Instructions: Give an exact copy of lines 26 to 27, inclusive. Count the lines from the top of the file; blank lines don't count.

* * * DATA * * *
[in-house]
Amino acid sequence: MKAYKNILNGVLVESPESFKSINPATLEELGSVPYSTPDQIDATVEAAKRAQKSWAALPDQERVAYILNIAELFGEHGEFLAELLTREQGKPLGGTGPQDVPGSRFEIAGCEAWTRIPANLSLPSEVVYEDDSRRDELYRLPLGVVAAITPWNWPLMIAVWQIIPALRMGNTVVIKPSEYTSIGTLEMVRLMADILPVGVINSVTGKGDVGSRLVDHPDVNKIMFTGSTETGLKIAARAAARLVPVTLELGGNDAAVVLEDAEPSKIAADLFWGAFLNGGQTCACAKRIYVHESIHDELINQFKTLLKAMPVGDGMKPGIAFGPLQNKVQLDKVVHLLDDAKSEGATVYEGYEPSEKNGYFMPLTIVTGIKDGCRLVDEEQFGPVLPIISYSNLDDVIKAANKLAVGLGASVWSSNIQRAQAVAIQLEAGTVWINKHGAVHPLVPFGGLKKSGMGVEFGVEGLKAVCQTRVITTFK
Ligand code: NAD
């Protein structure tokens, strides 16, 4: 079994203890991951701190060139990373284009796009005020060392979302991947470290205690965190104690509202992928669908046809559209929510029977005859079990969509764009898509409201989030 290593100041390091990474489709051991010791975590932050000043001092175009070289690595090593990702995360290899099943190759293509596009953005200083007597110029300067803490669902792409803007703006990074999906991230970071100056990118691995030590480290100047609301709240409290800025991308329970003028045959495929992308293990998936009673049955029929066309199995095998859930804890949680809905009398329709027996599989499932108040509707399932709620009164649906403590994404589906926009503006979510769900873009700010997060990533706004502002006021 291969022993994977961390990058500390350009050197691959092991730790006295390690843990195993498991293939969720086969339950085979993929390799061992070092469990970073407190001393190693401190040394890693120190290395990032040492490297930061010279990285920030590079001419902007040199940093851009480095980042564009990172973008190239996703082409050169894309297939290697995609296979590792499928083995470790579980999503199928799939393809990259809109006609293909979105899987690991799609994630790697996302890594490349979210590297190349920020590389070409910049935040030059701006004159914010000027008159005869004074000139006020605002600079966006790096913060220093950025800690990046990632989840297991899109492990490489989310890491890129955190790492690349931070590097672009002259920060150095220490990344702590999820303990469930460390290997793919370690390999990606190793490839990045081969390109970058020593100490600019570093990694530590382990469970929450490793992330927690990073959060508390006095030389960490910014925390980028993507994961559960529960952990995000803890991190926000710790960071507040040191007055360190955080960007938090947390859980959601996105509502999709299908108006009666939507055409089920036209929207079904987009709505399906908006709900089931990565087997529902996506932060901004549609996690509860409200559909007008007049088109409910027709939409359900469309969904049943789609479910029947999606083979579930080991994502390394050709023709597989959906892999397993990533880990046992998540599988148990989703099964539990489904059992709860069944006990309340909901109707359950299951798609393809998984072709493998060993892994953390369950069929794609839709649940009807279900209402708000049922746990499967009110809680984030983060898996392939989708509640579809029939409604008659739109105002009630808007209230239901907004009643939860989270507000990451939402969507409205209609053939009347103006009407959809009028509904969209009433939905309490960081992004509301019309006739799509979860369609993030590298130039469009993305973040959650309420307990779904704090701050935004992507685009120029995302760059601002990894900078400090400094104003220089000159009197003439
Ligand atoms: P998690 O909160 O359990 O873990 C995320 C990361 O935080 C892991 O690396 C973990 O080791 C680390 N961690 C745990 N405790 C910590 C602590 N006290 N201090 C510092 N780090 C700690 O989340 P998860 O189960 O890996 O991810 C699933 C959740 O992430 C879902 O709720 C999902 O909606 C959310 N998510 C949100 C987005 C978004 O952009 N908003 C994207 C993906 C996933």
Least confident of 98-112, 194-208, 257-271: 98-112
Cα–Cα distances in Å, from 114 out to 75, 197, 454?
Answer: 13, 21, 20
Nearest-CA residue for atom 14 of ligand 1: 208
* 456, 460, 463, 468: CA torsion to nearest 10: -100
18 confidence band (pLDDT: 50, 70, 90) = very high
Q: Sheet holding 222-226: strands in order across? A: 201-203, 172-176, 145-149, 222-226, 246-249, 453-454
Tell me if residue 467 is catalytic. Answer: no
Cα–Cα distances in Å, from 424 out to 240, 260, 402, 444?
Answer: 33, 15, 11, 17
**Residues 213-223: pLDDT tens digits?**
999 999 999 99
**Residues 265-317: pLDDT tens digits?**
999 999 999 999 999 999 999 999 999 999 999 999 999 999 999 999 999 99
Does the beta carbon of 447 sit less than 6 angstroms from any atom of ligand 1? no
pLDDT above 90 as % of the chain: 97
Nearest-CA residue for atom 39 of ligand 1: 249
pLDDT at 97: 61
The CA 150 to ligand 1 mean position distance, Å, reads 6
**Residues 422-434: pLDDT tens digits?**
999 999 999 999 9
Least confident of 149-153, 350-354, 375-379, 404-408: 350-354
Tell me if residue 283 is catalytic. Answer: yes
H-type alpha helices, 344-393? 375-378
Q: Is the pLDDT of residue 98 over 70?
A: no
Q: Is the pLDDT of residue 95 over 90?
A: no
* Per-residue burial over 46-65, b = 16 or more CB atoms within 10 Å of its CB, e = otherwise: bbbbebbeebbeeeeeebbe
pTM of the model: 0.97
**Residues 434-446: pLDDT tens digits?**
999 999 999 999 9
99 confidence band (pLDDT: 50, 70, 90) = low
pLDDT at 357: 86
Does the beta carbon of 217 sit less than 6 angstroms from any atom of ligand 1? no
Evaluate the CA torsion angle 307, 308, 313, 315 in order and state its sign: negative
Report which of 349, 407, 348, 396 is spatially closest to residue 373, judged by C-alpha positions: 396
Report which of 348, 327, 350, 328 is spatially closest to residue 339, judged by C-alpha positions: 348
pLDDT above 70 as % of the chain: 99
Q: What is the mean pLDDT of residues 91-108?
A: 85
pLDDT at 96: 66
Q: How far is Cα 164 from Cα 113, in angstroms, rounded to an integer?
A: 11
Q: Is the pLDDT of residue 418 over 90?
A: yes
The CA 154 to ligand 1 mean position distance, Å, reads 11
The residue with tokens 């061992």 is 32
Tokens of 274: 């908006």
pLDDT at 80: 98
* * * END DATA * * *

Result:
999 999 999 999 9
Least confident of 149-153, 350-354, 375-379, 404-408: 350-354